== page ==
Not more than Hearst, of course. The Niners definitively marked Hearst as their starting tailback in 2002 when they re-signed him to a six-year, $20 million deal. But they had a contingency plan already in place had Hearst been persuaded to leave for a better deal. That plan had the position going to Barlow, the exciting rookie who rushed for 512 yards as Hearst's backup last season.
The Niners spent the 2001 season carefully grooming Barlow to replace Hearst and become the next star attraction in their West Coast offense. But whether Hearst left the team or not, San Francisco would need a veteran tailback to add stability at the position. When it became evident that Hearst wanted to stay with the Niners, the team got the best of both worlds. San Francisco was able to retain Hearst as a productive starter - albeit at a high price - to give the promising Barlow more time to develop.
Hearst got some big money up front - a $3 million signing bonus - but that will be spread out evenly over the length of the contract. And while he stands to make $9 million over the next three seasons, his deal realistically is for only one or two more seasons, as most long-term free-agent contracts are in this age of the NFL. Barlow is the future, and his role is likely to expand this season. Last year, the tailback carries were distributed between Hearst and Barlow almost exactly by a two-thirds to one-third ratio. Hearst had 252 carries and Barlow had 125. Expect that ratio to become closer to 60-40 this year, and perhaps even 50-50 should Barlow continue the progress he displayed last season.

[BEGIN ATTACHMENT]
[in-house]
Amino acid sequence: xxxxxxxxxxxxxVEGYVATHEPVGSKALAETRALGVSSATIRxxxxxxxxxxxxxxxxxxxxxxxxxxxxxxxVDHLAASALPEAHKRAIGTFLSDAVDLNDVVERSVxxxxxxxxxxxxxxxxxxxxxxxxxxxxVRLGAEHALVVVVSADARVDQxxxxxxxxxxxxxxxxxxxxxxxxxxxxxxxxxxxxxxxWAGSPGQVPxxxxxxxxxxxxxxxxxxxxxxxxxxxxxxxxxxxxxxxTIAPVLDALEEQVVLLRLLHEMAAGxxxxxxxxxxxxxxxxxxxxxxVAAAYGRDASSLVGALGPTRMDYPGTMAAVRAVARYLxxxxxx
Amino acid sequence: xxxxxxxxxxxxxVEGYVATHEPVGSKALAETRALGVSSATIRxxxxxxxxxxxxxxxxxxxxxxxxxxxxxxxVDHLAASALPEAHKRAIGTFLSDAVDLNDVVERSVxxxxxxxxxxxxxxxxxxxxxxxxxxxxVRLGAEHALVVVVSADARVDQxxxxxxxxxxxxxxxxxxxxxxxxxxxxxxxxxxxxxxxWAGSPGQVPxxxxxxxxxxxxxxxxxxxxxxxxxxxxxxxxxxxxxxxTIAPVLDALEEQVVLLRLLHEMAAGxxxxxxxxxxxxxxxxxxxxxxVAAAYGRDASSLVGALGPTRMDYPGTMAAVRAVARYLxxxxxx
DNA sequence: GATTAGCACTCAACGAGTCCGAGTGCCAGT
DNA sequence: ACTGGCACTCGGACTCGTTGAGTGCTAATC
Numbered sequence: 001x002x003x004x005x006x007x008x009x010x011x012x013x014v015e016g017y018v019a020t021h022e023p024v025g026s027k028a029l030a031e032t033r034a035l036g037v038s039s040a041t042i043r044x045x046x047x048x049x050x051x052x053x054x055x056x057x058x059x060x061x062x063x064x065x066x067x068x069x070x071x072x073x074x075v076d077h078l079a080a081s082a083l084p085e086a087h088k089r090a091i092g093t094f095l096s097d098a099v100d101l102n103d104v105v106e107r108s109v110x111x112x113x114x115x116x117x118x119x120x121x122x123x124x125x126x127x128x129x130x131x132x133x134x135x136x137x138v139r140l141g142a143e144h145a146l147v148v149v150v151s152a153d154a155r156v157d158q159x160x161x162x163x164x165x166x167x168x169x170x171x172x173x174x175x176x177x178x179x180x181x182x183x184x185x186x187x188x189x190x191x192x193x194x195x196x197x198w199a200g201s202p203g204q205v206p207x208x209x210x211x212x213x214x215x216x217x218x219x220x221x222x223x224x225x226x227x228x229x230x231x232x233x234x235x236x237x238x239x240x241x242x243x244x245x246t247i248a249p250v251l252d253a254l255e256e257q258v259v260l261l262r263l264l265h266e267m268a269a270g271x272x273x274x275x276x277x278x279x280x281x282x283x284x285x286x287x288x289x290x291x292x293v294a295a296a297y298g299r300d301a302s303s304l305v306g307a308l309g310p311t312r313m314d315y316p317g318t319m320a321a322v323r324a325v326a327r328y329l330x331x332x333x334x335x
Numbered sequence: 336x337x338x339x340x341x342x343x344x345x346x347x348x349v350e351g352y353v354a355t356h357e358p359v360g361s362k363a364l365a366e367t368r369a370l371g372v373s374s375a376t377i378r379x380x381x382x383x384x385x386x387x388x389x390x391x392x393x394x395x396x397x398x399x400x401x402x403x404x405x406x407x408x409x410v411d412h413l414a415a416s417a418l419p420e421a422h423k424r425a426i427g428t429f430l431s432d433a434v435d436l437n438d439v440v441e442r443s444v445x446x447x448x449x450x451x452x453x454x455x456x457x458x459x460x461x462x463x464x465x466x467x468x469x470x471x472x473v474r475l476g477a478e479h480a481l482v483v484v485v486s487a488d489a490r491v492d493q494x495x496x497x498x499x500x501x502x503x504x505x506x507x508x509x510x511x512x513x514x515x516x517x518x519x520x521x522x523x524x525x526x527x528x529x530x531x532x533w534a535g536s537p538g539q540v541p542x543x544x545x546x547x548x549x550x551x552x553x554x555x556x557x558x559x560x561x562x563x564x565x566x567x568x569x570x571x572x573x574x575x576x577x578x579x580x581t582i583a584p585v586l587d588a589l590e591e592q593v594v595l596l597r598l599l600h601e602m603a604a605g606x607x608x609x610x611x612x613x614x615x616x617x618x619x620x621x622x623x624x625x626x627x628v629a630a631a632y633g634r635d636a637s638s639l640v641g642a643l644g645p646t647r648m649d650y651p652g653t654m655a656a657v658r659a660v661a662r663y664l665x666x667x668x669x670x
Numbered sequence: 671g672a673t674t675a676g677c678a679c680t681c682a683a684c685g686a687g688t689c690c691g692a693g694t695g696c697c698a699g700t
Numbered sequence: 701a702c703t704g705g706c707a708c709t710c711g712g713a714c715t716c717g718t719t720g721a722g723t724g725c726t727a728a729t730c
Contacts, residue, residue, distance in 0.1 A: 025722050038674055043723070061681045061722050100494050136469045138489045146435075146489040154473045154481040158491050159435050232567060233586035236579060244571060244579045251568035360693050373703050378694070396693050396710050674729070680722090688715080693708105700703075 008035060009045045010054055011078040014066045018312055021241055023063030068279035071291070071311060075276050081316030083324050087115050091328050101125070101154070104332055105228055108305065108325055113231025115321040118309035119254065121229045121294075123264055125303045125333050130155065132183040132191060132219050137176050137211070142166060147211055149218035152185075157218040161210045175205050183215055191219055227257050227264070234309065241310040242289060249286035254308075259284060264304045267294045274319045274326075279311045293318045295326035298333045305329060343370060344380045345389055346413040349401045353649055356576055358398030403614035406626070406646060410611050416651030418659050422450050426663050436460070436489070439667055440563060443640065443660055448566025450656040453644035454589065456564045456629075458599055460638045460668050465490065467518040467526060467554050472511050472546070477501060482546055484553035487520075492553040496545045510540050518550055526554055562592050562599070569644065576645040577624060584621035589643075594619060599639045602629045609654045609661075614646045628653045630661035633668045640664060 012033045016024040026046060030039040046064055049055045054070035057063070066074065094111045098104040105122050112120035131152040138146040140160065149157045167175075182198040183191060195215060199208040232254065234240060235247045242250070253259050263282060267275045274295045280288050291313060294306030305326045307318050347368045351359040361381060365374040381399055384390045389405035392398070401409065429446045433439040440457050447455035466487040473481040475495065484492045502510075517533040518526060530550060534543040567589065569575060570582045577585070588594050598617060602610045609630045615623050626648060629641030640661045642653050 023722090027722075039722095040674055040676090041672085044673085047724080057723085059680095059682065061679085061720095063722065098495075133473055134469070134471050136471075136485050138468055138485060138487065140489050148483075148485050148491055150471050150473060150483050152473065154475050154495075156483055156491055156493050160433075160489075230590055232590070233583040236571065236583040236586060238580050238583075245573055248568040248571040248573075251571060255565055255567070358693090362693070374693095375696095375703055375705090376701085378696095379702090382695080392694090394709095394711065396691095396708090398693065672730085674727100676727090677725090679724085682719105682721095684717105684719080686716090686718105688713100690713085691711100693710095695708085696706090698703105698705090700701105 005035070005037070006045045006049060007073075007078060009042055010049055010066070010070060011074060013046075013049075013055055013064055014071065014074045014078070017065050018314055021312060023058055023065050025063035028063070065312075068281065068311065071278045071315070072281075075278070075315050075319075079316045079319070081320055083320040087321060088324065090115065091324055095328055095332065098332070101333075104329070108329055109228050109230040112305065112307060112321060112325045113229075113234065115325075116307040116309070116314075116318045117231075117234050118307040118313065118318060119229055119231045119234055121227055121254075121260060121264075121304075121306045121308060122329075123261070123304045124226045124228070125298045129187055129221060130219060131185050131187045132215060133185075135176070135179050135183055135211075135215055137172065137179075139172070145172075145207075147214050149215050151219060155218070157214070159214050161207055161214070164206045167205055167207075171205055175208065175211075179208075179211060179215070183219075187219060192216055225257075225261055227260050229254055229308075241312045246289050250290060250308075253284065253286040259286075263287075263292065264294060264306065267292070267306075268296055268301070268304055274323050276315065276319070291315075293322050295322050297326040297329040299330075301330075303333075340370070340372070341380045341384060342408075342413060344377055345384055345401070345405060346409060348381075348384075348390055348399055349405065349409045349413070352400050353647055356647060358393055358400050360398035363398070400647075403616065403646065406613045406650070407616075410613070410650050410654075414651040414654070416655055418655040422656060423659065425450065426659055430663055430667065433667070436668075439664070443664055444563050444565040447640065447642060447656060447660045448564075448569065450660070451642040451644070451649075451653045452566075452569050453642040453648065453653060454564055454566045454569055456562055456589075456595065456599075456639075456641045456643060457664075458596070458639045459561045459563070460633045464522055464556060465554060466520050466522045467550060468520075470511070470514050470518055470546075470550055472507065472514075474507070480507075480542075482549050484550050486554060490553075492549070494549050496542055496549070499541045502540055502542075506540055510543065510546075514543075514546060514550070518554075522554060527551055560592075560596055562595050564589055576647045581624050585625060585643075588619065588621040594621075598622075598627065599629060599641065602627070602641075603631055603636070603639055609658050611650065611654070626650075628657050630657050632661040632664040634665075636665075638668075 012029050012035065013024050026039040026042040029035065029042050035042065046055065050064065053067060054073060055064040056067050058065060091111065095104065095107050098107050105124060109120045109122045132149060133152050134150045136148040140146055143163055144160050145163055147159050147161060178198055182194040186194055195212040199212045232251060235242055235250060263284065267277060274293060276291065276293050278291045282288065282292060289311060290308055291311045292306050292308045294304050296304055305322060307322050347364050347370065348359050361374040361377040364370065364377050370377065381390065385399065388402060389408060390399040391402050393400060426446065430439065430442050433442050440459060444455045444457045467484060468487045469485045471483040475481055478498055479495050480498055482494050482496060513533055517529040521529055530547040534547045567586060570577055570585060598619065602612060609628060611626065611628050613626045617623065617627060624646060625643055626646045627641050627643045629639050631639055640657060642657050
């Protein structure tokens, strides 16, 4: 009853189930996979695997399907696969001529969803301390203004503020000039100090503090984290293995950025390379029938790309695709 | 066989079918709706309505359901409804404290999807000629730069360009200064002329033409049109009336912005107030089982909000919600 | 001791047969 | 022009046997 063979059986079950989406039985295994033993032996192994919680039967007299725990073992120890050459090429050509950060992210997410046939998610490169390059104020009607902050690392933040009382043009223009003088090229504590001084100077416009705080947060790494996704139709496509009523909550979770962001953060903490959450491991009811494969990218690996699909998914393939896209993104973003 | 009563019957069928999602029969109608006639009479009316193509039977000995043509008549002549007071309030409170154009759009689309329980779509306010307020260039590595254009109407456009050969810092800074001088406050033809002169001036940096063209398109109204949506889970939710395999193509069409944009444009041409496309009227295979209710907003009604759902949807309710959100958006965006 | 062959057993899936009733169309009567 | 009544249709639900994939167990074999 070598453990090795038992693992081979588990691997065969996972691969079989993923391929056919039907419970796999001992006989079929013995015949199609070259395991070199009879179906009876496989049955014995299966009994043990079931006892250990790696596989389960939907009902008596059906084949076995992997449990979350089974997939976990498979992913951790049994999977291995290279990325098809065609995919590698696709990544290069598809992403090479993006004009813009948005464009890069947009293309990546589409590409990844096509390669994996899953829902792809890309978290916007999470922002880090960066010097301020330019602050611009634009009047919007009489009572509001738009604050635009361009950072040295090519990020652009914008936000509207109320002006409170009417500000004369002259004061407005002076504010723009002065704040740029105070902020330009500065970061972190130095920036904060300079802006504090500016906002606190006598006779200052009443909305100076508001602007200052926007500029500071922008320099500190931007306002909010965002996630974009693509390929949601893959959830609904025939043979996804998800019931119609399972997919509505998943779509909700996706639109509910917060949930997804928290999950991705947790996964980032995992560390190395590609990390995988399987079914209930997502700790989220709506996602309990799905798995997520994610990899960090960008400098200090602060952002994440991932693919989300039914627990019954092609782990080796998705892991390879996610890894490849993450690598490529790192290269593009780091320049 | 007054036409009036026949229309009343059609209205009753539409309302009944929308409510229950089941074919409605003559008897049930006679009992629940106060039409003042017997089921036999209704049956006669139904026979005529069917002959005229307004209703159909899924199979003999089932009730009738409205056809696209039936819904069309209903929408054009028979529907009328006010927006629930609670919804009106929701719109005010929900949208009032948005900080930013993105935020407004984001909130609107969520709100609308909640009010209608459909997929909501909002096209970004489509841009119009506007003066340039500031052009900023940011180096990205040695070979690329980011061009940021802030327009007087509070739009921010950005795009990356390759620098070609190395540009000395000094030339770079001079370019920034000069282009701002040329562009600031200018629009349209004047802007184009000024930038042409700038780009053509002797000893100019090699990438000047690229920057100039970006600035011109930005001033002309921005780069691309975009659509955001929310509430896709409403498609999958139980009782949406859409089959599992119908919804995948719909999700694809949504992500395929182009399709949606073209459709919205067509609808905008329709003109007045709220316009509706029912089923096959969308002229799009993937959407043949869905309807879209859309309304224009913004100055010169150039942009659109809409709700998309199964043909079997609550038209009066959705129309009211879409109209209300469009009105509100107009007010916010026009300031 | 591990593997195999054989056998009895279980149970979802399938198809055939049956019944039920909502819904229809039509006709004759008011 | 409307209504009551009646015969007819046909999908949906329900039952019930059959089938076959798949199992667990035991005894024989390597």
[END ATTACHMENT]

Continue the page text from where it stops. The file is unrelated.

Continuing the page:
When Barlow's name was mentioned on a conference call regarding Hearst's deal late Wednesday afternoon, Niners general manager Terry Donahue said, "We're excited and very, very happy about Kevan Barlow. (Hearst's deal) is absolutely nothing negative on Kevan Barlow."
Barlow made an early push at Hearst's starting job last year, but Hearst was able to hold him off as Hearst returned to his former Pro Bowl form. Even after inking a big-money free agent, Donahue made it clear tailback still is a two-player position for the Niners. "It means they will continue to work together and continue to produce yards for the Niners," Donahue said. "We're hoping to continue developing Kevan. We're going to need both running backs."